If we keep a record of the person who makes a sale, then as a retailer it should not be very difficult to determine a "conquest" rate. Now of course all wise marketers must know exactly how this is calculated, that is how they can confidently make blanket statements such as "Acquiring a customer costs 5 to 10 times more than retaining one".
Obviously client confidentiality rules so I will never publish any practically used rules here, let alone any actual results. However, there are general issues that are known to everybody in the marketing world. So let us assume that we are selling sofas from manufacturer X.
We could define a sofa conquest as a sale to someone who has never bought one from X before. But what if they have earlier bought armchairs from X. Footstools? Table lamps? OK, so we could record as conquest anyone with any relationship with X.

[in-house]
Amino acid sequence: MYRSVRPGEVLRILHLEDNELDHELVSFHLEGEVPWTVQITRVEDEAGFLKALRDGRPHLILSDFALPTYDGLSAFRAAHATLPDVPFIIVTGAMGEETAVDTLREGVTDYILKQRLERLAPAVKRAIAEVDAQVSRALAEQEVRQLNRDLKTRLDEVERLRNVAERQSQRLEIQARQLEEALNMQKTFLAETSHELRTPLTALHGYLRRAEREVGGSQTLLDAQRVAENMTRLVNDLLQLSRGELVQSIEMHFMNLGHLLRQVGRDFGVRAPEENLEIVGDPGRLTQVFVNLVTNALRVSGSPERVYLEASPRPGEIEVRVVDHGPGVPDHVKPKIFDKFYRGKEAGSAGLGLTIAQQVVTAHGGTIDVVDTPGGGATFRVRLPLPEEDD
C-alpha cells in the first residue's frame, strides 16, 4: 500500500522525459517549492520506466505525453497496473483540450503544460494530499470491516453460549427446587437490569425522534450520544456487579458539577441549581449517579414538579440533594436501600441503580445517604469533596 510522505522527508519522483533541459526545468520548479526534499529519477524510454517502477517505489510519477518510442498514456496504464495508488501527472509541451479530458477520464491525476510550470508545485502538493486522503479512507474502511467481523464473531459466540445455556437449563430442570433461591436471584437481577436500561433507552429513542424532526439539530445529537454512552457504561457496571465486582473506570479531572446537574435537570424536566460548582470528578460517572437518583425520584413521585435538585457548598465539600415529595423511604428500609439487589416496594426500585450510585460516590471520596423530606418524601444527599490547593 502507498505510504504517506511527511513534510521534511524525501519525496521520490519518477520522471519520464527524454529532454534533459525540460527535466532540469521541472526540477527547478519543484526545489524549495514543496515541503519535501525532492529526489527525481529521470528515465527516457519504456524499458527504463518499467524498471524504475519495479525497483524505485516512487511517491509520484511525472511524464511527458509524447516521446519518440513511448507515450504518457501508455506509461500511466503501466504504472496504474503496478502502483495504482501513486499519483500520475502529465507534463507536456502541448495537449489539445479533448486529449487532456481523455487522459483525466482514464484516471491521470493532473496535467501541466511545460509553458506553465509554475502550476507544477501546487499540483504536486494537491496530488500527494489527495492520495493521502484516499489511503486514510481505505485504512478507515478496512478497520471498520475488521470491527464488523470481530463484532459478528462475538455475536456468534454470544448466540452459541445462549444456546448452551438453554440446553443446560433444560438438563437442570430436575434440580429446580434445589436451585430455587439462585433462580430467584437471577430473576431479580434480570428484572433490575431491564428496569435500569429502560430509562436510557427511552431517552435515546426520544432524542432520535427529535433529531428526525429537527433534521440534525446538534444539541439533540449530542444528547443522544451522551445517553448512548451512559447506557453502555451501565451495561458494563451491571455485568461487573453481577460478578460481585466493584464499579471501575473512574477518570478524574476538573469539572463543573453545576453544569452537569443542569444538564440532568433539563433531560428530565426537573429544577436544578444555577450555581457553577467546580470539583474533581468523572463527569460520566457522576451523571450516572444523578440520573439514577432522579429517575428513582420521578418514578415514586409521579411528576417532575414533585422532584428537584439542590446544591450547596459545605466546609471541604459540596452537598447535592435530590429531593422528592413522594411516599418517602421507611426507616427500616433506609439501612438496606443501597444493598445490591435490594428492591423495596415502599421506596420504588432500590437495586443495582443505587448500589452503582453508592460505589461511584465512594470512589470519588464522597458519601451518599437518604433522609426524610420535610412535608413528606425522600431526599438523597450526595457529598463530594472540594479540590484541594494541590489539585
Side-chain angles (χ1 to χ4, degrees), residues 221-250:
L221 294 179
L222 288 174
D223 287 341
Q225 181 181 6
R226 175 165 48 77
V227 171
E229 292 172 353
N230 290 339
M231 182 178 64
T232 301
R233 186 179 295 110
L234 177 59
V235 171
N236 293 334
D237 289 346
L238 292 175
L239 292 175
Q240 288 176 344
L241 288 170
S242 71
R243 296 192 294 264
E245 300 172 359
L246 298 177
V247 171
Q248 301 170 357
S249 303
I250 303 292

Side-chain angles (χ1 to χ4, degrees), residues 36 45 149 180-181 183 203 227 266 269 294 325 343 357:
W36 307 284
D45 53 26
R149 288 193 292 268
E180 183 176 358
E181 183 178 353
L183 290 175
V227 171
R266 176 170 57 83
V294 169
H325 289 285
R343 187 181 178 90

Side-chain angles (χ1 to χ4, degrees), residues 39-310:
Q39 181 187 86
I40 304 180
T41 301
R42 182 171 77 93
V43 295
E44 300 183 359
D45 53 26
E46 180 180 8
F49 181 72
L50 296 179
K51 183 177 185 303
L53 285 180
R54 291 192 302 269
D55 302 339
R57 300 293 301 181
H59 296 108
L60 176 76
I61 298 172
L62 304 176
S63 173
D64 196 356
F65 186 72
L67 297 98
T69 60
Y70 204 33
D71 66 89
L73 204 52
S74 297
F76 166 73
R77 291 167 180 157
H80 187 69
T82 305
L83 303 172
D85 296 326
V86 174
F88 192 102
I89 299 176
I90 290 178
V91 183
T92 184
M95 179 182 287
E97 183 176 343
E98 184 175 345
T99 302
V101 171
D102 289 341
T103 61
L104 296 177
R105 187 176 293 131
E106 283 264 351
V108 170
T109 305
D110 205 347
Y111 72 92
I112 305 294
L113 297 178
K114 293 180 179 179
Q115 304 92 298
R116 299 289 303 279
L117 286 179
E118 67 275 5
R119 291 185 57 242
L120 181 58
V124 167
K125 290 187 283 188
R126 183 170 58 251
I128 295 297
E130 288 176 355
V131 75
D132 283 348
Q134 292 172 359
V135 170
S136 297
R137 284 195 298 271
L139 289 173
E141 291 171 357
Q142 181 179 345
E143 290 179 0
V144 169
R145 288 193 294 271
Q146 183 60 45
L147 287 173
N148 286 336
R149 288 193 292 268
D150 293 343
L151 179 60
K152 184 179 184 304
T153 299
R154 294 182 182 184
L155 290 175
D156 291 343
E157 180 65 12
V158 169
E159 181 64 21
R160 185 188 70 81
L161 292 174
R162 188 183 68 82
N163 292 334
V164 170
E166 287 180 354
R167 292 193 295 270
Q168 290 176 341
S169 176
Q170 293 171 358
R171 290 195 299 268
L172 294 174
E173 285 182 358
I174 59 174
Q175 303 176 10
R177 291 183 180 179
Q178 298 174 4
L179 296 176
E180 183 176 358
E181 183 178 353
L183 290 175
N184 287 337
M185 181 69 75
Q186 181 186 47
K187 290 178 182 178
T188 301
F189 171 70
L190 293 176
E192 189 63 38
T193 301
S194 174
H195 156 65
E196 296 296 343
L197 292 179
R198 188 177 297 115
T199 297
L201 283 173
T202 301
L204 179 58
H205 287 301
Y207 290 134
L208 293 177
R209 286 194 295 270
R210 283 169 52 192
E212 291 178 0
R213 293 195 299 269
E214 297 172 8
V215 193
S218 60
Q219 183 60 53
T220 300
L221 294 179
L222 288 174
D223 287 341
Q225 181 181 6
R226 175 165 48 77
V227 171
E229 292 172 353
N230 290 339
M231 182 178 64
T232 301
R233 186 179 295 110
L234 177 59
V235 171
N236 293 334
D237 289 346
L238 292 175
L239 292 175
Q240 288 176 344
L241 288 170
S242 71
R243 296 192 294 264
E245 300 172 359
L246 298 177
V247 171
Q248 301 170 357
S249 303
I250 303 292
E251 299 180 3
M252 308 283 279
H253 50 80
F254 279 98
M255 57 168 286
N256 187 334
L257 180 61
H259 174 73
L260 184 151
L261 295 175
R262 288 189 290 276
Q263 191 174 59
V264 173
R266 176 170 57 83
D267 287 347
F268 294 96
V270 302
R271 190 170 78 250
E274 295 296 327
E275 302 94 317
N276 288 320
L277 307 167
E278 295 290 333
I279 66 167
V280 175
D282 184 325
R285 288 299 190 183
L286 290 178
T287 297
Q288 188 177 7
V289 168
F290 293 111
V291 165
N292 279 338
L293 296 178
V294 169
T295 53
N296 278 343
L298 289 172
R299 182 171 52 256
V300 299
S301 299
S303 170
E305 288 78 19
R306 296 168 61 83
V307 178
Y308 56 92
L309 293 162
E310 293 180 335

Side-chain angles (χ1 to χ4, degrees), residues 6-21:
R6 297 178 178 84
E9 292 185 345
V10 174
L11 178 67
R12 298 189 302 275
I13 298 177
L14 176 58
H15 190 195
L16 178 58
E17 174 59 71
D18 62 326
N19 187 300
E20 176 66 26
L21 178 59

Some buyers collect sofas then sell them on, so at any time they have a few extra in the warehouse, how would we treat them differently to people who always dispose of a sofa before picking up the new one?
Equally, there are people who regularly buy from X, but who also buy from Y and Z, maybe more often. However they are still loyal to X aren't they?
And it gets more interesting if, whenever we record a sofa sale, we keep a separate record of the person choosing the sofa, the name on the credit card, the person who will be signing for delivery … so which of these people do we include when determining conquest rates? Do we have separate rates for all of the different permutations?
Perhaps it would help if the government kept a record of everybody buying a sofa. Then all we would need to do is to get hold of the government data and match up our purchase records with government records. So surely ID cards will solve everything…